Traders at Goldman Sachs, Morgan Stanley, and the rest of the big-name financial firms have just taken home eye-popping rewards for their work in 2016. But what exactly do these guys do to earn such big checks?
If you took Econ 101, you might picture the market for traders like this: A small number of people with highly specialized skills and a huge competitive drive can make a ton of money for whatever firm they work for. So competition over these superstars drives up their paychecks.
French finance scholar Oliver Godechot says you might as well forget all that. In a 2008 paper, translated into English by Amy Jacobs, Godechot argues that highly placed traders win their big money by essentially taking their firms hostage.
Godechot looked at a case in 2000 where the head of a trading room at a major French bank was paid a €10 million bonus, and his deputy got €7 million. Previously, the biggest bonus check the bank had cut was €1.5 million, so these sums created a scandal in the financial press.
Godechot went looking to see how it happened, talking with three highly placed mangers at the bank. He found that the two men had resigned from the bank to go to a competitor—a German bank operating in London—and had told the French bank’s leaders that they’d bring their whole team of traders with them when they left. But they gave their employer 48 hours to win them back. It was a good time for them to apply pressure. For one thing, the bank was in the middle of a corporate action and also facing the departure of its second-highest executive, which made its leaders hesitant to take big risks. For another, the market was in a bubble that appeared ready to pop before long, so the bank wanted to put its energy into taking advantage of the moment, not rebuilding an entire team.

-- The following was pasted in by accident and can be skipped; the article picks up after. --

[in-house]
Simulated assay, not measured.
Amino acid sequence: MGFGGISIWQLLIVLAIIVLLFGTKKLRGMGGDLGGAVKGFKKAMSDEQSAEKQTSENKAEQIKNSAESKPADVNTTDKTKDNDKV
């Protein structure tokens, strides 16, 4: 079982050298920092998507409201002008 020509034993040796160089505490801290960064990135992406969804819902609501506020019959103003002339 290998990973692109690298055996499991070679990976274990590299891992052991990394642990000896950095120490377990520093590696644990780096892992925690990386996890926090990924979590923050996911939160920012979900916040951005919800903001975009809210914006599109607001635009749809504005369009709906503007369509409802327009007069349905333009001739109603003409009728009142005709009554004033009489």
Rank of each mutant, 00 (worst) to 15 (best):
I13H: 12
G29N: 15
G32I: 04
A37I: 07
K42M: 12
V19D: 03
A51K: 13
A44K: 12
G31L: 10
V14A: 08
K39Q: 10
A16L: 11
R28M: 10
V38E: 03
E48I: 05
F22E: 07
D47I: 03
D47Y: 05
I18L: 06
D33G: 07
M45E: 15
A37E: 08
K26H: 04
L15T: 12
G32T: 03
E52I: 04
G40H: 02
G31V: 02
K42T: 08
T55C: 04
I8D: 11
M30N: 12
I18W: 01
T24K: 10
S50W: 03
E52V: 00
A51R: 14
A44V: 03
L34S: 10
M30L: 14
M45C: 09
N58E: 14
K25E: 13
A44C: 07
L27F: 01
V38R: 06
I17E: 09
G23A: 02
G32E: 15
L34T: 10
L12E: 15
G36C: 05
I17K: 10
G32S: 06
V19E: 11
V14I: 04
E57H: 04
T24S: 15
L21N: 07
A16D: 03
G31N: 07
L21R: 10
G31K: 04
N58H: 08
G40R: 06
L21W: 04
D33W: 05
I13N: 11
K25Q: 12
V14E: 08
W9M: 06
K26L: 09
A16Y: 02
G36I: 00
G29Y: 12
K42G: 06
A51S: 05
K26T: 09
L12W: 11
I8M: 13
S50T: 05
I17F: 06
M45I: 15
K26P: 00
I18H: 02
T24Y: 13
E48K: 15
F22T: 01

But, aside from external issues, Godechot found that the two traders chose a smart strategy. Actually resigning rather than just threatening to do so made bank leaders take them seriously. And the fact that they acted together meant their threat to take the rest of their team with them was credible.
Had the team really moved, Godechot writes, “the better part of the years’ worth of investments—development of technical, practical know-how, market share acquisition, client loyalty, etc—was likely to be seriously damaged if not annihilated.”
The case of the French bank was unusual in its scale and the specific conditions around it. But Godechot argues that it reflects fundamental dynamics in the finance industry. Traders at various levels within a firm have significant power because they can take client relationships, and perhaps coworkers, with them if they leave.
That, of course, represents a very different situation from most workers, who—particularly if they’re not unionized—have little leverage over their employers. And so, as wage growth for many job remains anemic, finance-industry bonuses continue to astonish.